Barrister from "non-traditional background"

Imagine acknowledging that “for every barrister with a practising certificate there are two who have never been entitled to a practising certificate” and then, in the SAME SPEECH, suggesting yet more (!) needs to be done to recruit people from “non-traditional backgrounds”.

How about dropping the obsession with gender and race, restricting bar school entry to those with realistic prospects, and using the money currently being spent on diversity initiatives to support poor-but-talented kids (of whatever race and gender) who can’t afford the exorbitant fees.


lol good job shoehorning a random rant about women and ethnic minorities when this article is about the title of a barrister.

Barrister from "non-traditional background"

1. It’s not a “rant about women and ethnic minorities”. Rather, it’s a rant about those who rant about women and ethnic minorities.

2. It’s not “random”. At the surface, the article might look like it’s “about the title of a barrister”. However, at a deeper level it is about the glut of bar course graduates who never get pupillage. This is a problem which is heavily exacerbated by diversity initiatives.


There’s logic to your point but when you spew it with such vitriol, people cease to care. Maybe chill out a little.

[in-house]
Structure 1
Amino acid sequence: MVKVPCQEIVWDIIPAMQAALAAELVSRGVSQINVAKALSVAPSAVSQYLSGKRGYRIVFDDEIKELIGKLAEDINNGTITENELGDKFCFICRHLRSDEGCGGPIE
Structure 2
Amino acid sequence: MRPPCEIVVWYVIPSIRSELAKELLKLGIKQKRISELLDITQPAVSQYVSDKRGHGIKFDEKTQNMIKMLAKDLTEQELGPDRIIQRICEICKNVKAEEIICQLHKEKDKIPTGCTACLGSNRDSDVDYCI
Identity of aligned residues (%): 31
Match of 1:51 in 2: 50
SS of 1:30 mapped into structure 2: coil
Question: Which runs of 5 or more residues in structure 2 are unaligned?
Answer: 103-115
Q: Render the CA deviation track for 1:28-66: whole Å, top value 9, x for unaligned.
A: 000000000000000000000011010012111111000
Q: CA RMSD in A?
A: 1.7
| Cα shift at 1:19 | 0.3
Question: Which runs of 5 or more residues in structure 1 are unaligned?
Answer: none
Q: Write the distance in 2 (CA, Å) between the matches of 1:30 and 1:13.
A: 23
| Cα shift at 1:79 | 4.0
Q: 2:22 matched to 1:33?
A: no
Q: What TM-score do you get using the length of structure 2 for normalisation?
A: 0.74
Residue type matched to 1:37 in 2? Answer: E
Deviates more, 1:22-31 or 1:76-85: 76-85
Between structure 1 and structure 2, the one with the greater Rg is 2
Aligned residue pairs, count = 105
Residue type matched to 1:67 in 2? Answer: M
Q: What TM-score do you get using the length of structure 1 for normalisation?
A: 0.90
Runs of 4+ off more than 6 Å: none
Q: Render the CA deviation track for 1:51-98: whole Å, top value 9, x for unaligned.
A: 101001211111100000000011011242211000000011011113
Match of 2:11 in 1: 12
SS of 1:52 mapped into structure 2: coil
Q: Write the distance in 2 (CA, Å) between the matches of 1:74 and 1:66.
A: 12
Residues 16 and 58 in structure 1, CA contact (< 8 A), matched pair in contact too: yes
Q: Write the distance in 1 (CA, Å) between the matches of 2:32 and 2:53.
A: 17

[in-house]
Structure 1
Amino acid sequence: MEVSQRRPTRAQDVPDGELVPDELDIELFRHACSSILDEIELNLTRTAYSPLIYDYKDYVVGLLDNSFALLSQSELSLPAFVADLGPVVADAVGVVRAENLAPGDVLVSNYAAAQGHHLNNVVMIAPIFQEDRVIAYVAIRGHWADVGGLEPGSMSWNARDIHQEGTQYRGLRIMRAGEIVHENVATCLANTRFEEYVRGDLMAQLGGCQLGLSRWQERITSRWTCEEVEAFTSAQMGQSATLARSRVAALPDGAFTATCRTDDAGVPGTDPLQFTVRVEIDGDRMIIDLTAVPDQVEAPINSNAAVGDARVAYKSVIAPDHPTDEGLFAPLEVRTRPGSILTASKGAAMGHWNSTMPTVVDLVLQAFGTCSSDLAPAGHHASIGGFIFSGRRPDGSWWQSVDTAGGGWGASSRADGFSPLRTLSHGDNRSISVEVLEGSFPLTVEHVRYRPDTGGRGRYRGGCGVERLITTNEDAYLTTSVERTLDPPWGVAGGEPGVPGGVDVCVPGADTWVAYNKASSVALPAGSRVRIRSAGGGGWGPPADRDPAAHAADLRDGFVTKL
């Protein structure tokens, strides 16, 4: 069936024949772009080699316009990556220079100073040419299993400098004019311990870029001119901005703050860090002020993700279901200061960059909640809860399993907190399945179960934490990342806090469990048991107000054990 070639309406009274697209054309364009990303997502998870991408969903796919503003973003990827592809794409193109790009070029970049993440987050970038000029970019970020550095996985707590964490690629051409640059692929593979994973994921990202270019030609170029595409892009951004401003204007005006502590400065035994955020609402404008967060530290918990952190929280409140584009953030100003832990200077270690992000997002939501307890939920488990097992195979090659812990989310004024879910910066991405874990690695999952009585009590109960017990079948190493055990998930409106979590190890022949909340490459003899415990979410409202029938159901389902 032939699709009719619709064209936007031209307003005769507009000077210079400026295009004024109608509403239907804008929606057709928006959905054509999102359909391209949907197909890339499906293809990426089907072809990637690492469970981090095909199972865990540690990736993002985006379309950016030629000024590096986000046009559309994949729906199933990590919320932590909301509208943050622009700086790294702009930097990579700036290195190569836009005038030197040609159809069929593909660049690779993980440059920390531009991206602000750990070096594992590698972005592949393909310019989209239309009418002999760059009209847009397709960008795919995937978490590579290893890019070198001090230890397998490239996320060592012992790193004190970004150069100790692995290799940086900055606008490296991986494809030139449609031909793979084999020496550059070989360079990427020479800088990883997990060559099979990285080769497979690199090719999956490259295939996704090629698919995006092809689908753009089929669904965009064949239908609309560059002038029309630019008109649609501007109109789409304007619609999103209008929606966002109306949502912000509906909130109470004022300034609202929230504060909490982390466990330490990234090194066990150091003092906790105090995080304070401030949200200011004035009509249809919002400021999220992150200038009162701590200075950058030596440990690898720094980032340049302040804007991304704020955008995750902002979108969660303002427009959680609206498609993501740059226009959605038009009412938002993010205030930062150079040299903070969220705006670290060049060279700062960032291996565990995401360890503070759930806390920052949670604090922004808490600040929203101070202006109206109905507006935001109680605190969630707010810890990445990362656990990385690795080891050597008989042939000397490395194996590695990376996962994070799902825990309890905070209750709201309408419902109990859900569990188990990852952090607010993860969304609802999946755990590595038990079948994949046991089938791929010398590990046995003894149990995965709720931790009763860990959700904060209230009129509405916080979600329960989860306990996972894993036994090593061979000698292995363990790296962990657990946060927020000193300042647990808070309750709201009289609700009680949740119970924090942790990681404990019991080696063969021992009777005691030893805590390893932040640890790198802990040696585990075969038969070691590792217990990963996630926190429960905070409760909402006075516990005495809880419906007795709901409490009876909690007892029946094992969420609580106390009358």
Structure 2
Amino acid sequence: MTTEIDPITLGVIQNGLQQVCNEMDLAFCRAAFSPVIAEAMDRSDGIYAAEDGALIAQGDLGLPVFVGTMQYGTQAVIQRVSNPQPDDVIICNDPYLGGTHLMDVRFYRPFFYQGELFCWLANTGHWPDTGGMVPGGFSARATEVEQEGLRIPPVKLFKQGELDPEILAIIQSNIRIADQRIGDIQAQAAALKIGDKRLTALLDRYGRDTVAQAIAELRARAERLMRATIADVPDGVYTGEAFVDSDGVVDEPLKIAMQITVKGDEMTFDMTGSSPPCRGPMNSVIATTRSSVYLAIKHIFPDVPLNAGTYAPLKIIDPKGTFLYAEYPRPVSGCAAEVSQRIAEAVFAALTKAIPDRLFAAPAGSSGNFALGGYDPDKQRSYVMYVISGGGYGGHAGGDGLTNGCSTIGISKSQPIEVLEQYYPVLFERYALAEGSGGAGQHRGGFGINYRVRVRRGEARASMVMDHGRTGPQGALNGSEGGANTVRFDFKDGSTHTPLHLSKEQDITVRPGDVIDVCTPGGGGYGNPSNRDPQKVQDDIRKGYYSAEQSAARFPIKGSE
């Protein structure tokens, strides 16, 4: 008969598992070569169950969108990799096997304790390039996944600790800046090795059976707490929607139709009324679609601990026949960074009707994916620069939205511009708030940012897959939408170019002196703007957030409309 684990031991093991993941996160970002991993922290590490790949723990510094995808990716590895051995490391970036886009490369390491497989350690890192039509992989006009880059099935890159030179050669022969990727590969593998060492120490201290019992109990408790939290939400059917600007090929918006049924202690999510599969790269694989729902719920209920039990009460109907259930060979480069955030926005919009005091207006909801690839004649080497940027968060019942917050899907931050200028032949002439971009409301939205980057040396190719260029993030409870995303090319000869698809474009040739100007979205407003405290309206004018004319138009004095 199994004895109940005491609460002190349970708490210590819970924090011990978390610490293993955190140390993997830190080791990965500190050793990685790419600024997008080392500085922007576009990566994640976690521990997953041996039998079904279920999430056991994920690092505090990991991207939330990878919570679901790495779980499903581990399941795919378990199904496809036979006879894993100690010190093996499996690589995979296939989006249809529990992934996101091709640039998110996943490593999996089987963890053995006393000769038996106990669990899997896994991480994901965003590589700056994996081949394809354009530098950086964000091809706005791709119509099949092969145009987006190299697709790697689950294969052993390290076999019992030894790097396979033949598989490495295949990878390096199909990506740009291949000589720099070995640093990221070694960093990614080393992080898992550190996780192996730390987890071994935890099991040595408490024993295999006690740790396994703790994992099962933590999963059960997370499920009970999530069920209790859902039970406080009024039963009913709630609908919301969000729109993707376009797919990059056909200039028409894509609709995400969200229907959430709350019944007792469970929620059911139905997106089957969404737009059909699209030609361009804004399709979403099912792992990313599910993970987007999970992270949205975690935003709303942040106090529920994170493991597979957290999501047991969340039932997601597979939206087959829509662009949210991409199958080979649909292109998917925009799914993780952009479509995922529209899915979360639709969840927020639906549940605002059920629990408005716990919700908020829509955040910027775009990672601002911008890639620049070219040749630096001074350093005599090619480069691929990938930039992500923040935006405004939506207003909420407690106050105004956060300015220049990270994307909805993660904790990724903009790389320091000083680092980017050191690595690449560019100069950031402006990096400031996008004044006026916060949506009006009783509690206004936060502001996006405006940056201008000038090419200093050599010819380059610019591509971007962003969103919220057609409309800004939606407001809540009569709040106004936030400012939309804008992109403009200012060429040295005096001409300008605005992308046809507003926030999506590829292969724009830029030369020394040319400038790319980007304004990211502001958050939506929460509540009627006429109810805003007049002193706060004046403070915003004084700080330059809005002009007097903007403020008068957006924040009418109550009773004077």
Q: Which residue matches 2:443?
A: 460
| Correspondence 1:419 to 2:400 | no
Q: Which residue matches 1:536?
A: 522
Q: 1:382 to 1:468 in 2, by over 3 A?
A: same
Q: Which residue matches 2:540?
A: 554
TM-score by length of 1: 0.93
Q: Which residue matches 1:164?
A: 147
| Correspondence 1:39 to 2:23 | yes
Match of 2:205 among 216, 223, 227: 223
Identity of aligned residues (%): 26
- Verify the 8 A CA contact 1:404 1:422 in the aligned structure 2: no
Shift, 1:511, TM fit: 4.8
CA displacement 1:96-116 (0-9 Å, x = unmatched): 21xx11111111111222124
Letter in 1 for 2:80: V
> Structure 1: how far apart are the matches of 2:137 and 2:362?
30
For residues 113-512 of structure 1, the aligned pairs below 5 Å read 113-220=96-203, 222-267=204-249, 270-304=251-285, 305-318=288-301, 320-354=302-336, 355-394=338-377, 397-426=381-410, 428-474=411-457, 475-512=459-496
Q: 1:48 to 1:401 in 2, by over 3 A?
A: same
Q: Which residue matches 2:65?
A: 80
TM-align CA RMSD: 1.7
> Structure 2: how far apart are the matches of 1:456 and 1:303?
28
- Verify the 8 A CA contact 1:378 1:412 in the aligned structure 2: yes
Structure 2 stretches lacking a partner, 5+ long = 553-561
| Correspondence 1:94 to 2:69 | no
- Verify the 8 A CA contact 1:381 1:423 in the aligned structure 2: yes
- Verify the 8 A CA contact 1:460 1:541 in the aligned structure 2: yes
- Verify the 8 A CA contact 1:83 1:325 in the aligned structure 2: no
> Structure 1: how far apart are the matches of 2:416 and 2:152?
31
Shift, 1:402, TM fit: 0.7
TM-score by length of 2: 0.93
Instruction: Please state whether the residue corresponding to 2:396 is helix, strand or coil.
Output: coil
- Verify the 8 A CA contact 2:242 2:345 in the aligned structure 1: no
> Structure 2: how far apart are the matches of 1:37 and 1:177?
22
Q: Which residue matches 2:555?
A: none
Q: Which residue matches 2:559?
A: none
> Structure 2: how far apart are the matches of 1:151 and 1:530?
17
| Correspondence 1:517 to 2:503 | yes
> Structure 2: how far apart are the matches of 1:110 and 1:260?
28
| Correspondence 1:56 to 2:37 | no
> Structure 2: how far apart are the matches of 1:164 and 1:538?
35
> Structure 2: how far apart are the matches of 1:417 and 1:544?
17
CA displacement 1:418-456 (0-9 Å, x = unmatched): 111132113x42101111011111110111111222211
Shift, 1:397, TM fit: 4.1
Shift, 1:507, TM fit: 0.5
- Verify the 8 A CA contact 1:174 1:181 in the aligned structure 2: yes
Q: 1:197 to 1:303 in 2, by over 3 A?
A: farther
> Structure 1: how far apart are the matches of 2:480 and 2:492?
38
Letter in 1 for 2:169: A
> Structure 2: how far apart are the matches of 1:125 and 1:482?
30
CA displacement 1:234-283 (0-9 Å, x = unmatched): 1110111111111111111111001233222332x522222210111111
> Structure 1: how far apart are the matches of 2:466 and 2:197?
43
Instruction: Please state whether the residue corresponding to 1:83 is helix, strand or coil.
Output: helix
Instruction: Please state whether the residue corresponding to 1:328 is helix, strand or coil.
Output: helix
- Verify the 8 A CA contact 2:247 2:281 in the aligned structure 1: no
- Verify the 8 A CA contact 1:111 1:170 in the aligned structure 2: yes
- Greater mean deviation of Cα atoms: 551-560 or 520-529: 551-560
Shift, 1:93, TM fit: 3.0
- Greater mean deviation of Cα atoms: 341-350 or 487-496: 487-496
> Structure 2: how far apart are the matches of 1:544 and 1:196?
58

Unfortunately that won’t happen. When the majority of Bar Schools are cash cows and don’t really care about pupillages, why would they tighten entry requirements if it means less but more able people? It would be a completely different story if providers (somehow) got some commission for each student that recieves pupillage within X years- which sounds quite cool, I’d like to see that. However, zoomimg in to the point of traditionalism, I can see diversification of the Bar being quite a long term thing! There’s already steps to try and tackle it (e.g. university blind applications), but even then, this can be bypassed. But I do agree, the current bar school system (with the exception of the ICCA) kinda sucks!

Barrister from "non-traditional background"

You are correct that bar schools have no commercial incentive to raise entry standards. However, there is also the regulator to consider.

For years and years the regulator has toyed with the idea of raising the entry standards. It even came up with an entry test known as the BCAT which – somewhat miraculously – had very strong predictive value when assessing candidates’ prospects of obtaining pupillage.

However, they found that whenever they raised the pass mark to a meaningful level, this “disproportionately affected” applicants from BME backgrounds. The regulator therefore kept the pass mark so low that it made no difference to who was admitted to the course. Instead, the BCAT simply served as yet another financial impediment to those from low income backgrounds.

Chambers Recruitment committee member